After a day-long outage, Microsoft’s Bing search engine is being restored in China, the company says.

On Thursday, users in China reported being unable to access Bing, making it the latest foreign technology service shut behind the country’s Great Firewall.

“We can confirm that Bing was inaccessible in China, but service is now restored,” a Microsoft spokesperson said in a statement,” the company said in a statement, without elaborating.

It is the US technology giant’s second setback in China since November 2017 when its Skype internet phone call and messaging service was pulled from Apple and Android app stores.

A search performed on Bing’s China website – – from within mainland China directed the user to a page that says the server cannot be reached.

The Financial Times reported on Wednesday that China Unicom, a major state-owned telecommunication company, had confirmed the government order to block the search engine.

Bloomberg, citing two sources familiar with the matter, reported on Thursday that the block was due to a technical error rather than an attempt at censorship.

A spokesperson for China’s ministry of foreign affairs declined to comment on the case and asked journalists to ask “other relevant, competent authorities.” The Cyberspace Administration of China (CAC), a government watchdog, did not respond to faxed questions about Bing’s blocked website.

Users and observers were surprised by the outage, given that Microsoft censors its search results to meet Chinese regulations.

Bing was one of the few remaining foreign search engine accessible from within China’s so-called Great Firewall. Microsoft censored search results on sensitive topics, in accordance with government policy.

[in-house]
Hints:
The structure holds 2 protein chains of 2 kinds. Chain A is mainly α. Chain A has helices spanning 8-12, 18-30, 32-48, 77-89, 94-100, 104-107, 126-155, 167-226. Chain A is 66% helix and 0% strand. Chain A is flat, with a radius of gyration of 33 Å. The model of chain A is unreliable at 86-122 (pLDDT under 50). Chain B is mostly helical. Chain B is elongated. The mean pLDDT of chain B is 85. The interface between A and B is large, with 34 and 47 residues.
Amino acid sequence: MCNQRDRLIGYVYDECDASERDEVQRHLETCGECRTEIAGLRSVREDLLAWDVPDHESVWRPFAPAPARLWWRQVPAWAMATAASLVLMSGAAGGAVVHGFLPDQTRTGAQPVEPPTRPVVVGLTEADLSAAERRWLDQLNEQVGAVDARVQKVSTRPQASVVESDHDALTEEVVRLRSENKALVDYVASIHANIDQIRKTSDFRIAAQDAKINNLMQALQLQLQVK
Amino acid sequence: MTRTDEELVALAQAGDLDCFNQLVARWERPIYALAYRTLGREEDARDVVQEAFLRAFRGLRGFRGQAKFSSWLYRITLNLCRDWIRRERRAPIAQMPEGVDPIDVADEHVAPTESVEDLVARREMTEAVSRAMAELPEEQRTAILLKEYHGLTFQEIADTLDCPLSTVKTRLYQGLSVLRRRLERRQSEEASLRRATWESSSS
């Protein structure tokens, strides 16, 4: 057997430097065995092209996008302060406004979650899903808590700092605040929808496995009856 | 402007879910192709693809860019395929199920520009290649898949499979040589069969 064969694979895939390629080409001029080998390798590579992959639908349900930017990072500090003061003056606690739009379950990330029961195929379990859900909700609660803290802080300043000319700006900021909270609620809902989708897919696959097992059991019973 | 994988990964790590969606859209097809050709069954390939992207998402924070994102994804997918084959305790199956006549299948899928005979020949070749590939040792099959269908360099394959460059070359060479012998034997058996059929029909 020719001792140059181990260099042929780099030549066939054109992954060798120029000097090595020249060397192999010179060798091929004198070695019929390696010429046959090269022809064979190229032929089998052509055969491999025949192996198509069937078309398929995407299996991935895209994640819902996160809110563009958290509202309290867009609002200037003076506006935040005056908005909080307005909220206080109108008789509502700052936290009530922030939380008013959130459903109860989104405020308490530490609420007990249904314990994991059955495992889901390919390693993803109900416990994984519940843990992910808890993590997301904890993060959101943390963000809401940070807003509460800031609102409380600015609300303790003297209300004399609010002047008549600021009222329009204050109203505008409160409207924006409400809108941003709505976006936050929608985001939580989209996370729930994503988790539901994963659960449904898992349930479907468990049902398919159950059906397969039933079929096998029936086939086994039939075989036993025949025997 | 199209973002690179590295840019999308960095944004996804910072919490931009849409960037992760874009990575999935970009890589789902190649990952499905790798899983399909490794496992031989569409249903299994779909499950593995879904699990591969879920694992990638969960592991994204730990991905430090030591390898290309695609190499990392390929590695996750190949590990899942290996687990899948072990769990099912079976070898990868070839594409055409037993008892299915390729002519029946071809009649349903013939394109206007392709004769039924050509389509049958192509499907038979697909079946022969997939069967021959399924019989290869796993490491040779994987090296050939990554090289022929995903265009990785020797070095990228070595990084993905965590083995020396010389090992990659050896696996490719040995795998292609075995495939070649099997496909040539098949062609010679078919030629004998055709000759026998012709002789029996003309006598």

Microsoft also has a partnership with Chinese data centre provider 21Vianet to offer its products Azure and Office 365 to clients in the country.

“It is in the interests of the Chinese authorities to keep Bing online because Microsoft takes great care to scrub the platform of any information that the authorities deem to be negative,” said Charlie Smith, co-founder of, an anti-censorship group.

Alphabet’s Google search platform has been blocked in China since 2010. Google CEO, Sundar Pichai, said in December it had “no plans” to relaunch a search engine in China though it is continuing to study the idea amid increased scrutiny of big tech firms.

President Xi Jinping has accelerated control of the internet in China since 2016, as the ruling communist party has sought to crack down on dissent in social media.

In a statement on Wednesday, CAC said it had deleted more than 7m pieces of online information and 9,382 mobile apps. It also criticised technology company Tencent’s news app for spreading “vulgar information.”

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